Cryptocurrencies such as Bitcoin and Ethereum have been both lauded and criticized recently. However, the one thing everyone can agree on is that the technology behind these cryptocurrencies, called “blockchain,” is a useful innovation that’s here to stay. So what exactly is a blockchain?
At its simplest, a blockchain is a decentralized ledger system. For example, Bitcoin uses a blockchain to keep track of financial transactions. Instead of relying on a central bank, Bitcoin relies on its network of individual computers (sometimes called “nodes”). The entire network of computers forms a sort of chain, each verifying the other’s data. This makes it nearly impossible to corrupt the entire network. To date, any known problems with the Bitcoin blockchain have come from either malicious intent or human coding error – not a failure in the technology’s concept.
However, Bitcoin is just one use of blockchain technology. A blockchain could conceivably ledger any data at all. From music and art to scientific data, the blockchain cuts out the need for a middleman now more than ever through its capability to enforce “smart contracts.”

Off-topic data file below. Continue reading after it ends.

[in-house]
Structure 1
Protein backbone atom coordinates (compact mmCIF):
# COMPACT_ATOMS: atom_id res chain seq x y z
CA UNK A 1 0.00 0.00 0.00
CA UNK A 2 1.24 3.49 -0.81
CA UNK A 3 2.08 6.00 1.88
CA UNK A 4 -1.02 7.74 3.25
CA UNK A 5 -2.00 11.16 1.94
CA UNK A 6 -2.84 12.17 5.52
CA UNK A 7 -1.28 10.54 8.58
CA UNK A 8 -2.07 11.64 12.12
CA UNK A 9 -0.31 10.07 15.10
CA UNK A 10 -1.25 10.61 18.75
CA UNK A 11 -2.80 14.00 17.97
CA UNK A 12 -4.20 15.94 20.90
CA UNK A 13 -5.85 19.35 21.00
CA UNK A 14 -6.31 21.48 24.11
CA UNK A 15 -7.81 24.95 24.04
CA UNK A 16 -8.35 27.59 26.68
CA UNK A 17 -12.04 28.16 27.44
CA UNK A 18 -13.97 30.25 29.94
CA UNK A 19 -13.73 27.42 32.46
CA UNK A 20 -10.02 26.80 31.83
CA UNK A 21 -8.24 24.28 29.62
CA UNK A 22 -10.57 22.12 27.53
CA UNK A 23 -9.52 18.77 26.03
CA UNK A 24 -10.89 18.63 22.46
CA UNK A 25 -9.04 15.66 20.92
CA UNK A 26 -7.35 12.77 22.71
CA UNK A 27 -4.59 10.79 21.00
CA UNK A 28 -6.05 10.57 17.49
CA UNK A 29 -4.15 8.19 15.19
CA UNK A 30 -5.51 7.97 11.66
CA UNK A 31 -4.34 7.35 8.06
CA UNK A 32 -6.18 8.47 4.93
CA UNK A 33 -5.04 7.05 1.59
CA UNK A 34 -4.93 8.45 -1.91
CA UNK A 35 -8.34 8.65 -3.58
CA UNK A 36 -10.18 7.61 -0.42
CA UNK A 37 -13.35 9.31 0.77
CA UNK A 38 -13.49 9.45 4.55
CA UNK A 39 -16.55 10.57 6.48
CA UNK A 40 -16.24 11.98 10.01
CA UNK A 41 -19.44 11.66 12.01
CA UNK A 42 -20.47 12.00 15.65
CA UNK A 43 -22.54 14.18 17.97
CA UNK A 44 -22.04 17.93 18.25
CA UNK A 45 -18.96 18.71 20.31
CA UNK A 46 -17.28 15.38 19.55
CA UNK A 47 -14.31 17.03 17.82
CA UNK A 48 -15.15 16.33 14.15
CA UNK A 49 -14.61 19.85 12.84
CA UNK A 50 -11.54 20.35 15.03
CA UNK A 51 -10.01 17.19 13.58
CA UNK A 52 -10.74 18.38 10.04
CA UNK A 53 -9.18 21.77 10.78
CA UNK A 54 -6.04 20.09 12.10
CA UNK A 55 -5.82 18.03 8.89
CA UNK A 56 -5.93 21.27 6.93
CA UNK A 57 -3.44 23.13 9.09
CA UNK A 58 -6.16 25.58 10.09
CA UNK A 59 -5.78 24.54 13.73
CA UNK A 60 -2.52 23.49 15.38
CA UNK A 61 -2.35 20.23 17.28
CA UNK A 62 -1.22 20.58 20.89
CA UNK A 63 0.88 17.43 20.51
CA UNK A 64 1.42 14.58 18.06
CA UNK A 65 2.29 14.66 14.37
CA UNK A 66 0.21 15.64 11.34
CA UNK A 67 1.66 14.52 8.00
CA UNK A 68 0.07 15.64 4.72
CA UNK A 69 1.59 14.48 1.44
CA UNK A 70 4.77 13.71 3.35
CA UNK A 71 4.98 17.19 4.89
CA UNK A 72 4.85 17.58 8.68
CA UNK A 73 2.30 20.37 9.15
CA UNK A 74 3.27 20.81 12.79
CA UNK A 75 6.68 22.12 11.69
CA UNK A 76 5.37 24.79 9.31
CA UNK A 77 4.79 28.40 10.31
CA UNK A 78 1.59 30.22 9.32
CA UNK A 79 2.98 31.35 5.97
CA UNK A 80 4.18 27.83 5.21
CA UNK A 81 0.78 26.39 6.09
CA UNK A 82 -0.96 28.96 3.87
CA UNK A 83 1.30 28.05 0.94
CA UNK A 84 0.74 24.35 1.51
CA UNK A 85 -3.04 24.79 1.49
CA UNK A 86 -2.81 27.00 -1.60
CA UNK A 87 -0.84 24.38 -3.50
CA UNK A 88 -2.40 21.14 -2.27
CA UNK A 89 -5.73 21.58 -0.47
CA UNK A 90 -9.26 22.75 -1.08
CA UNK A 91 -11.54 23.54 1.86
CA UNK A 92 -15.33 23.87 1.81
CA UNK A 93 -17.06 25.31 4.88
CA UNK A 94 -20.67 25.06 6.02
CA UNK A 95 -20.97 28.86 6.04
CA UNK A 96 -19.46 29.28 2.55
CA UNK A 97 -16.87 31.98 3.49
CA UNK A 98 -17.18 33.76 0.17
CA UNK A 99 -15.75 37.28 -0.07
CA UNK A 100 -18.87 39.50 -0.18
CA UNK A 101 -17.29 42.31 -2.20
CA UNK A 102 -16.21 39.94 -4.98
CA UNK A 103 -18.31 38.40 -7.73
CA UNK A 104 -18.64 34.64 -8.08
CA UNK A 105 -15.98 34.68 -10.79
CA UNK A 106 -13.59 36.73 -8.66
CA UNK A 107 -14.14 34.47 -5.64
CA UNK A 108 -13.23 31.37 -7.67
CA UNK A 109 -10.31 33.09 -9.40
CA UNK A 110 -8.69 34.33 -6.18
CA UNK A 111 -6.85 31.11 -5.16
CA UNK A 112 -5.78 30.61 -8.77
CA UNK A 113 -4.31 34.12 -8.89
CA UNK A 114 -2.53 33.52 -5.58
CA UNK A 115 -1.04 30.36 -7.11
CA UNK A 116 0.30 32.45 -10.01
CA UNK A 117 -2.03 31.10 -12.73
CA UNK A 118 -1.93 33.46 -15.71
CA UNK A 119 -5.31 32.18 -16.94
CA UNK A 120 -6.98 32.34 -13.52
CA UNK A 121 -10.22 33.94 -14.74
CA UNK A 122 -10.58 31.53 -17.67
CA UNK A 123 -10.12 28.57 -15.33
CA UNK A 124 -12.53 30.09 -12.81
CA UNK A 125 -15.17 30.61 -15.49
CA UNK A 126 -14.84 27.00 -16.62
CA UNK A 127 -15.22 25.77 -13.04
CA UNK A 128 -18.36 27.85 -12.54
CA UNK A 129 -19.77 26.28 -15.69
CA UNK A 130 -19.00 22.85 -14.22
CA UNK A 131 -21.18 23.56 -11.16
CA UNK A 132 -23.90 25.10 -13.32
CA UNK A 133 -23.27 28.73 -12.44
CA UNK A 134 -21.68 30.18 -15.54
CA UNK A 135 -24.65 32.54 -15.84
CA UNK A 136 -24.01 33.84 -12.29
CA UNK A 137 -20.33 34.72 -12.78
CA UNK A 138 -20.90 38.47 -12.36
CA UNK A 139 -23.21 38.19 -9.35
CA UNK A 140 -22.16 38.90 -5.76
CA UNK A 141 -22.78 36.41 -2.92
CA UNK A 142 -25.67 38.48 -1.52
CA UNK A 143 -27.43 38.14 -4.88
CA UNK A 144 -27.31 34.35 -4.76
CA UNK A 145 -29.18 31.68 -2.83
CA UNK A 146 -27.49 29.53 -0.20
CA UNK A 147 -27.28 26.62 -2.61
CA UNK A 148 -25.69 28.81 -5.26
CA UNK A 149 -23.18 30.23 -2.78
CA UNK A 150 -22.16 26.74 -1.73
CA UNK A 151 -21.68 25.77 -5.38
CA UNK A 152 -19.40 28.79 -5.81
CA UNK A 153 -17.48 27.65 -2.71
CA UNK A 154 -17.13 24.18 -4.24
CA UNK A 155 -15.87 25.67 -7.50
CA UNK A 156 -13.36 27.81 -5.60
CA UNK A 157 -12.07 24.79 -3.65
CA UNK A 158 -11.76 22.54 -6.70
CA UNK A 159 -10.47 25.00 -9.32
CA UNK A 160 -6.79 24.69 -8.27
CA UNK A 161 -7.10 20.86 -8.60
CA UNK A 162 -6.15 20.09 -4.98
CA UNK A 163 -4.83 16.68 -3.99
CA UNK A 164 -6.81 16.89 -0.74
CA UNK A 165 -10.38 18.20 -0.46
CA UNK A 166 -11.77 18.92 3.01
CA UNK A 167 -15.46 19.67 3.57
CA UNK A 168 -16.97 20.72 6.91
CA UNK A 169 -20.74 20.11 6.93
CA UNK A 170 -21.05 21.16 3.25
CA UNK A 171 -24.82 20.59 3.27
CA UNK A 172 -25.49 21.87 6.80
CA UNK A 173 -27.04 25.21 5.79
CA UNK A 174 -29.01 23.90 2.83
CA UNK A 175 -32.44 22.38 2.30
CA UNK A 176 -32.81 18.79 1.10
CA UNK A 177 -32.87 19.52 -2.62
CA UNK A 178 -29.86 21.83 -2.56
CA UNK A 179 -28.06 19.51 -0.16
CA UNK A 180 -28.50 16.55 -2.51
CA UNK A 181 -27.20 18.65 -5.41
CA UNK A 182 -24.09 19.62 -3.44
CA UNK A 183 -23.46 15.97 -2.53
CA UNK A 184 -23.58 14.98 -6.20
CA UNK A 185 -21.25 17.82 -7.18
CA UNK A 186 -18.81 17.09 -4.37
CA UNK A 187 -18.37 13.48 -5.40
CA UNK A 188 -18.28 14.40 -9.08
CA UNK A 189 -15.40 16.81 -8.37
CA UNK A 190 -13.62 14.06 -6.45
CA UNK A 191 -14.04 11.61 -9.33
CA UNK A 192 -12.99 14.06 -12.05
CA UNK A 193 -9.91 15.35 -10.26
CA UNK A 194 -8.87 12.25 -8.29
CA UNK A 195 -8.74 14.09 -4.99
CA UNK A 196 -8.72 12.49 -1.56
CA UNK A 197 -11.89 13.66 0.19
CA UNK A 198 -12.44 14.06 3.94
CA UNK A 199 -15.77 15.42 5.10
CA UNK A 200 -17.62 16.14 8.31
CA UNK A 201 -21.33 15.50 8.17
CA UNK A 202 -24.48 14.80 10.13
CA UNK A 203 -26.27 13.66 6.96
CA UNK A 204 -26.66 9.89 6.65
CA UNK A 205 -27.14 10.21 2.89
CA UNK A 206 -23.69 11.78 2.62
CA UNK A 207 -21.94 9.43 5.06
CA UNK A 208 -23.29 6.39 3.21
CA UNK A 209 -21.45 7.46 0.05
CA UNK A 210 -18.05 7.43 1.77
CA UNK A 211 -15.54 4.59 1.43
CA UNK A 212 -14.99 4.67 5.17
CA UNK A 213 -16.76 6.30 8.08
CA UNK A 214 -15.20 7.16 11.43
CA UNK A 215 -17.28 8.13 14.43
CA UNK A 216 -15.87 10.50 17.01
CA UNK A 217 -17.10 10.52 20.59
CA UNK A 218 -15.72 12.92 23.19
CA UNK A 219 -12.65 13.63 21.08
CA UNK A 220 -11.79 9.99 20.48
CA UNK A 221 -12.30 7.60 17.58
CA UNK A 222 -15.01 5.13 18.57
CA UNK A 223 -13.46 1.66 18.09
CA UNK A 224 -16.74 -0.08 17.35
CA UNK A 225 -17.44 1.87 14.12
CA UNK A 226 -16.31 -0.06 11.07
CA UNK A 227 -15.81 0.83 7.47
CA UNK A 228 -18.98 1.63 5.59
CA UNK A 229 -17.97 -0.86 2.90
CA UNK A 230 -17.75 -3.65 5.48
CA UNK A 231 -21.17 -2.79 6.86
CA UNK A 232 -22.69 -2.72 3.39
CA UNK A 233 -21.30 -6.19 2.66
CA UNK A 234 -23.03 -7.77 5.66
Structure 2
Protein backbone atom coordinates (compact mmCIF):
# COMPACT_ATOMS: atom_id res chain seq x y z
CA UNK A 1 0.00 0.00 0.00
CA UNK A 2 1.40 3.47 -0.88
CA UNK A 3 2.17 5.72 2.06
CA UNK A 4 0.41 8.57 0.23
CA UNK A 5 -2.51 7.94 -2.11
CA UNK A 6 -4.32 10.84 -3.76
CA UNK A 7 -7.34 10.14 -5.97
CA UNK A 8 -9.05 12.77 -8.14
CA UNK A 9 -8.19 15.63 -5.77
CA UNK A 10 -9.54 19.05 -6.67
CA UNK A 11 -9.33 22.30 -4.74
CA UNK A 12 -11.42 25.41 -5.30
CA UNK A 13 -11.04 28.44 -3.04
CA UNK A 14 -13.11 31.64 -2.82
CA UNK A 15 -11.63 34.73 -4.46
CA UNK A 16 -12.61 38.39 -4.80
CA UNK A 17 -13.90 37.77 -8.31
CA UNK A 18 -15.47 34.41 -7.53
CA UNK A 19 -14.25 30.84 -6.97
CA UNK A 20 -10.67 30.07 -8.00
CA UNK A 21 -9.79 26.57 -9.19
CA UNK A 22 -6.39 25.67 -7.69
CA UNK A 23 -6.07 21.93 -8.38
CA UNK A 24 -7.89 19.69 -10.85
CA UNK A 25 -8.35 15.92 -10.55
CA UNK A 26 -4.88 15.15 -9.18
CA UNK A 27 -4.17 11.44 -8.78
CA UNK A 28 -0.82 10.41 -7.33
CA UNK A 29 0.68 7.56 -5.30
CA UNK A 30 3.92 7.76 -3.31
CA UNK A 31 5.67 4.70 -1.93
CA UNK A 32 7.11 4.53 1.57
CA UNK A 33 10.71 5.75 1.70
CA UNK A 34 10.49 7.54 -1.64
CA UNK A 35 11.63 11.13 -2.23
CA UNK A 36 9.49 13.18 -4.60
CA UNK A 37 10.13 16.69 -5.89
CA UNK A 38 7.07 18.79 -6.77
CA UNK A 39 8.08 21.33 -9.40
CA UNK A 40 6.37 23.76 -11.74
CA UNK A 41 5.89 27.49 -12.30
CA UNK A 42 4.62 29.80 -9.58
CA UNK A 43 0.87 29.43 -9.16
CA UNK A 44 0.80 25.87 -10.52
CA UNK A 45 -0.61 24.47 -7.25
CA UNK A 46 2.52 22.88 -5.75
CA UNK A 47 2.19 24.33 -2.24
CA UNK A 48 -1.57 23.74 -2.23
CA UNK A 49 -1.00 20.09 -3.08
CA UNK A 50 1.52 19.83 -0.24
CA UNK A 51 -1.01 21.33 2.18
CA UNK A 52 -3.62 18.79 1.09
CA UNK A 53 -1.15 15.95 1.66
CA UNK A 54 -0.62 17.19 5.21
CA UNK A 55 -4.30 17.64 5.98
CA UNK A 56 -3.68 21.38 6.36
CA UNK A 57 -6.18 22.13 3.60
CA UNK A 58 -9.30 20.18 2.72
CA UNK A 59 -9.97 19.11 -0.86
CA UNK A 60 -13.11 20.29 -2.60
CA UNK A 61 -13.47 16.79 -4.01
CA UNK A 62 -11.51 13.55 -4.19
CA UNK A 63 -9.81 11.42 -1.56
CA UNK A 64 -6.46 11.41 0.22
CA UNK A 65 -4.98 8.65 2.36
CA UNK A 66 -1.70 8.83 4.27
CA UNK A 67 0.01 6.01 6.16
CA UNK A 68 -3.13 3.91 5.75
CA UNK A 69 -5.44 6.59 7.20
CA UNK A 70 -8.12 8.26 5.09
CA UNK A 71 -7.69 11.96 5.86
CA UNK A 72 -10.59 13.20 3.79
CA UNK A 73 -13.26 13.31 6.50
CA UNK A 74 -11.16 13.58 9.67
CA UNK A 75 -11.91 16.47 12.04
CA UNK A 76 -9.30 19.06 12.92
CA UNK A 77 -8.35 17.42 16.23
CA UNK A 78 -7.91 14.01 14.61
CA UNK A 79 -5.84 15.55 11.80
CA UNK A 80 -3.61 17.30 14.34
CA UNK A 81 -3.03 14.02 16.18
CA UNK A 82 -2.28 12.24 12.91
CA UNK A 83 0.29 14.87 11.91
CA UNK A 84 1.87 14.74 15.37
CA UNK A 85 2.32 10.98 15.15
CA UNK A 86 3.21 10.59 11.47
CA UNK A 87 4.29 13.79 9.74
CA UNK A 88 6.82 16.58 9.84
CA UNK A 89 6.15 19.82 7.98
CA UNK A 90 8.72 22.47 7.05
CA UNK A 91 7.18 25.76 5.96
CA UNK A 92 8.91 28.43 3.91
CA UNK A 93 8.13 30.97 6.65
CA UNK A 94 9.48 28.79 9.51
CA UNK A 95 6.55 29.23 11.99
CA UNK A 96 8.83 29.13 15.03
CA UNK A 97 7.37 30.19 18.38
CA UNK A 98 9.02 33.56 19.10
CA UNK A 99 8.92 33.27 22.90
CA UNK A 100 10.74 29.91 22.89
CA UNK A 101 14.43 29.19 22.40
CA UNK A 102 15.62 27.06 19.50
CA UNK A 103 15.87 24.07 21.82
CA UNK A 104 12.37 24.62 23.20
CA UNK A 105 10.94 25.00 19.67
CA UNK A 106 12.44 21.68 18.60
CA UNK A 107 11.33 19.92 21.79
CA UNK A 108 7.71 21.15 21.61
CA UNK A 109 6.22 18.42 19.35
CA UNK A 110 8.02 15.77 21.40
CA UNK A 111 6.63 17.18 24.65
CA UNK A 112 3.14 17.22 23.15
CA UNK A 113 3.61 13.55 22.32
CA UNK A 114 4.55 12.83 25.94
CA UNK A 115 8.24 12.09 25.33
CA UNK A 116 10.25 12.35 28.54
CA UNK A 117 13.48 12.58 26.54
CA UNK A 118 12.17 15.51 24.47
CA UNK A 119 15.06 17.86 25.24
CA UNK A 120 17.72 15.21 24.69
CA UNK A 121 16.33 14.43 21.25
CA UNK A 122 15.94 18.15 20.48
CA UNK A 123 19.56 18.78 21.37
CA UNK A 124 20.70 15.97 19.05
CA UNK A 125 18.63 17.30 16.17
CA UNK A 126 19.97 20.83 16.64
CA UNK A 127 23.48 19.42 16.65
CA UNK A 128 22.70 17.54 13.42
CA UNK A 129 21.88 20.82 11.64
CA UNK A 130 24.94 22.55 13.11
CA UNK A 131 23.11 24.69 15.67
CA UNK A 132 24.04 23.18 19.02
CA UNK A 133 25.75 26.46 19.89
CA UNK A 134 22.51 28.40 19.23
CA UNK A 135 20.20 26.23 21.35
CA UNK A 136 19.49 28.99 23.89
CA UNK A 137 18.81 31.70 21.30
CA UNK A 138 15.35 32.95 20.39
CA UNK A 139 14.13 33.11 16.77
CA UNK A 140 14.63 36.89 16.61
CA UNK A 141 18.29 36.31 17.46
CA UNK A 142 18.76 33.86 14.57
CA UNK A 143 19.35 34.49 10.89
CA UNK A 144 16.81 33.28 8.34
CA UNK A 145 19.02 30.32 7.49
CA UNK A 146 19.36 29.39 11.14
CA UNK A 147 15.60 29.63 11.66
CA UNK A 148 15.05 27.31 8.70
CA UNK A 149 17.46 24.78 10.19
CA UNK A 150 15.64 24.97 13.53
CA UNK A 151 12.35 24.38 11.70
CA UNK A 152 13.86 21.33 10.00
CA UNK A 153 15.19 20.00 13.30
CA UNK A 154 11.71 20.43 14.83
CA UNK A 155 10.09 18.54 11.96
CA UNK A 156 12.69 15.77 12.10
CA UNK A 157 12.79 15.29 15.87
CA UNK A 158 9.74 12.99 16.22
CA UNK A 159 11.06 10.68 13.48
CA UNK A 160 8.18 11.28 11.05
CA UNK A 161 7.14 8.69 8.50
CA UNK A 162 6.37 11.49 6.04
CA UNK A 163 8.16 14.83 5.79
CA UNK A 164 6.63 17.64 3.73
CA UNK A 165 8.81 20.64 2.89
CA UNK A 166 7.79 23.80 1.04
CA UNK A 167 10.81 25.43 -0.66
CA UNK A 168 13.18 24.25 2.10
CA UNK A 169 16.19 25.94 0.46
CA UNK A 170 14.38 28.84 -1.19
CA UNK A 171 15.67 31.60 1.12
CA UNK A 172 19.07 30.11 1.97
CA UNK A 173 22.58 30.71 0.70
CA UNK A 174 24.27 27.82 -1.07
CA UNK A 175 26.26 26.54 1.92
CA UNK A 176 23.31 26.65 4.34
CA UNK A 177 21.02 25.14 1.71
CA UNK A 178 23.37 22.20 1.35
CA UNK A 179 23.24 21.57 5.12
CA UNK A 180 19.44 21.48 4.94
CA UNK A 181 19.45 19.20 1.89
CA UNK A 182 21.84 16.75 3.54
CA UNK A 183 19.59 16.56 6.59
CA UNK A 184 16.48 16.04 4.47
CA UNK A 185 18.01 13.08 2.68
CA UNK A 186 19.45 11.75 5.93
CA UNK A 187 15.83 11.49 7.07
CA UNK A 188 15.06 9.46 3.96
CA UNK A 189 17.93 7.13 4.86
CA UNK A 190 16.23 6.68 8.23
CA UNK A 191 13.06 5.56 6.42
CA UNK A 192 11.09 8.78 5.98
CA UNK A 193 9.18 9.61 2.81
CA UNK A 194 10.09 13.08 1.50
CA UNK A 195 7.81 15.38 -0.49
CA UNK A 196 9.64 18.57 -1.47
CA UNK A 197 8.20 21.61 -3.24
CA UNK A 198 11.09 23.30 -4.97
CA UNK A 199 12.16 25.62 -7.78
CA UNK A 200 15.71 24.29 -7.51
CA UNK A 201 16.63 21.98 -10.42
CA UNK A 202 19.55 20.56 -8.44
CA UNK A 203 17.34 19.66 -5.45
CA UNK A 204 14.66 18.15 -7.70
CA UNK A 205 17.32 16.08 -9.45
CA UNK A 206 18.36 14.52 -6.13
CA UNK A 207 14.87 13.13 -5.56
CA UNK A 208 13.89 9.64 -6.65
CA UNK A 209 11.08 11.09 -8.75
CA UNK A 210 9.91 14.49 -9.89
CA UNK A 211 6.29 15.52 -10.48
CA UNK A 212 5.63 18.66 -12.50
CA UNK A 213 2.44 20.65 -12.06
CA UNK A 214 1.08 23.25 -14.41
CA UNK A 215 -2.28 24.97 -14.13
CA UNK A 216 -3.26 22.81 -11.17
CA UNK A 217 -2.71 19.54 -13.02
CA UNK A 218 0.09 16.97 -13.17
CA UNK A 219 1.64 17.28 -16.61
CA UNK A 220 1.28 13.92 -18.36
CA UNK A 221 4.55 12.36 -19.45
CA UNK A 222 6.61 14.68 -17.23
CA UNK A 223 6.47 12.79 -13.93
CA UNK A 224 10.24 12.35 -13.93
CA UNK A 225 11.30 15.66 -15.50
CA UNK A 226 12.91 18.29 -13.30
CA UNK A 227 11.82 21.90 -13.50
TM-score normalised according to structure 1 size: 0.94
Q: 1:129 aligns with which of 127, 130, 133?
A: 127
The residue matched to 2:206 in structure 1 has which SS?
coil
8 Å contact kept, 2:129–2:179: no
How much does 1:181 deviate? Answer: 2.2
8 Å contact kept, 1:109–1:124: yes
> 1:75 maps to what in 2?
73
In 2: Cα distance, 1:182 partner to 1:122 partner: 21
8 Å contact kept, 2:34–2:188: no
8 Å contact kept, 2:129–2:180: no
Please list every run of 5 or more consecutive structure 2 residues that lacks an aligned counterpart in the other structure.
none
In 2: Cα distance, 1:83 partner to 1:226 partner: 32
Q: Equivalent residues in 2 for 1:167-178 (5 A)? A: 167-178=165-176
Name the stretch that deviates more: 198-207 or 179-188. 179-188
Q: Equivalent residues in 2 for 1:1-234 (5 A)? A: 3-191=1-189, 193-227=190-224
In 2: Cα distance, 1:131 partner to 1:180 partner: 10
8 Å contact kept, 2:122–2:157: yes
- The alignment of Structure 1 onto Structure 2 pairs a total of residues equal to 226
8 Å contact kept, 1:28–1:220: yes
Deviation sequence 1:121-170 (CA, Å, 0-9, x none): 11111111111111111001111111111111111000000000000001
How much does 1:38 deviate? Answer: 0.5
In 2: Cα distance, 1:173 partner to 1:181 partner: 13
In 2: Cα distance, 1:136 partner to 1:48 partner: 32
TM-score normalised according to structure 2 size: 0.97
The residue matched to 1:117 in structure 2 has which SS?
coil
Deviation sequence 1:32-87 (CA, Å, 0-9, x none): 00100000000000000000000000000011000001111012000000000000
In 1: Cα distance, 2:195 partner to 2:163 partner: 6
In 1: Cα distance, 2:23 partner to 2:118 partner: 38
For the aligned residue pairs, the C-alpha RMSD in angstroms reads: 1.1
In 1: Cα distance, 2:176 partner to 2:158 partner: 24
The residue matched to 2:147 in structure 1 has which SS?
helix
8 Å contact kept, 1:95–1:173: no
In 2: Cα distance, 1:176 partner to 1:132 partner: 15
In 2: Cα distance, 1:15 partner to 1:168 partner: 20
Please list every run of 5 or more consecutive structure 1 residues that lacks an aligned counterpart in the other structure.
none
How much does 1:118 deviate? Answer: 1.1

“Smart contracts” are coded into a blockchain system to automatically execute a transaction once certain conditions are met. For example, if musicians put all their music onto a blockchain, they could decide exactly how much they would like to charge for their music. A program could be coded onto the blockchain to automatically pay the musicians when their music is downloaded.
The blockchain, in this case, gives the infrastructure needed for a true peer-to-peer economy. The musicians sell directly to their fans instead of through a record label. An author could sell directly to consumers instead of through a publishing house, or Amazon. Blockchain can also help improve government’s efficiency and transform the energy grid.